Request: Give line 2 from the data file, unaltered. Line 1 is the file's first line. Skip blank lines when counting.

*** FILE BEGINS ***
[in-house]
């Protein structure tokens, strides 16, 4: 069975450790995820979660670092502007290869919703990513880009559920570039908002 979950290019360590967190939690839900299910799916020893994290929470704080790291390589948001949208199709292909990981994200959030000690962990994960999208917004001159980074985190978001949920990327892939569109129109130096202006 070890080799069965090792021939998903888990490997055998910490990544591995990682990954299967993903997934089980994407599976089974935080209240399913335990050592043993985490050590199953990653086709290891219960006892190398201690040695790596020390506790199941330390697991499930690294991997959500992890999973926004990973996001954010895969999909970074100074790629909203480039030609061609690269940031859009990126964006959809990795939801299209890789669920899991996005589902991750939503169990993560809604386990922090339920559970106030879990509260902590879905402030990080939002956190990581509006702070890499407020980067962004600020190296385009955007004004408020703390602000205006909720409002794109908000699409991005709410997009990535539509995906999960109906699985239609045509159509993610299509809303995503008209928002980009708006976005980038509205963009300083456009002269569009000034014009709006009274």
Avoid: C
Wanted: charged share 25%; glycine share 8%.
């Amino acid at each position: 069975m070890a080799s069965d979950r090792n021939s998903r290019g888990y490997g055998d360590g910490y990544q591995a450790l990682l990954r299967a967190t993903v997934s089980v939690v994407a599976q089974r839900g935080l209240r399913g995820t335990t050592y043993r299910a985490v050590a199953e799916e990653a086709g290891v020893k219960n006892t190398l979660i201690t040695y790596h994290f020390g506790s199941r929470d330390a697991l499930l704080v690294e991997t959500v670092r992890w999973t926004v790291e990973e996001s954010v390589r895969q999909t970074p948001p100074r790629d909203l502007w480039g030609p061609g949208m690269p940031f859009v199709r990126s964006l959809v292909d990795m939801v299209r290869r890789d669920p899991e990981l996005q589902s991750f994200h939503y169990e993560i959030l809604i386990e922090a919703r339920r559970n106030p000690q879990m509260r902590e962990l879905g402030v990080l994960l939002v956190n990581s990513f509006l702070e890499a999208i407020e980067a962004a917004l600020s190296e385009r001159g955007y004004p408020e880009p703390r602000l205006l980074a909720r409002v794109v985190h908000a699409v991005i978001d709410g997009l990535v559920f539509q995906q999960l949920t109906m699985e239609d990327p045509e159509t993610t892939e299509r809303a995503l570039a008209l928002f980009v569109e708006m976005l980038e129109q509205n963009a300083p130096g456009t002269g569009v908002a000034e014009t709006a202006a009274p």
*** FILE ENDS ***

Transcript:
């Protein structure tokens, strides 16, 4: 069975450790995820979660670092502007290869919703990513880009559920570039908002 979950290019360590967190939690839900299910799916020893994290929470704080790291390589948001949208199709292909990981994200959030000690962990994960999208917004001159980074985190978001949920990327892939569109129109130096202006 070890080799069965090792021939998903888990490997055998910490990544591995990682990954299967993903997934089980994407599976089974935080209240399913335990050592043993985490050590199953990653086709290891219960006892190398201690040695790596020390506790199941330390697991499930690294991997959500992890999973926004990973996001954010895969999909970074100074790629909203480039030609061609690269940031859009990126964006959809990795939801299209890789669920899991996005589902991750939503169990993560809604386990922090339920559970106030879990509260902590879905402030990080939002956190990581509006702070890499407020980067962004600020190296385009955007004004408020703390602000205006909720409002794109908000699409991005709410997009990535539509995906999960109906699985239609045509159509993610299509809303995503008209928002980009708006976005980038509205963009300083456009002269569009000034014009709006009274």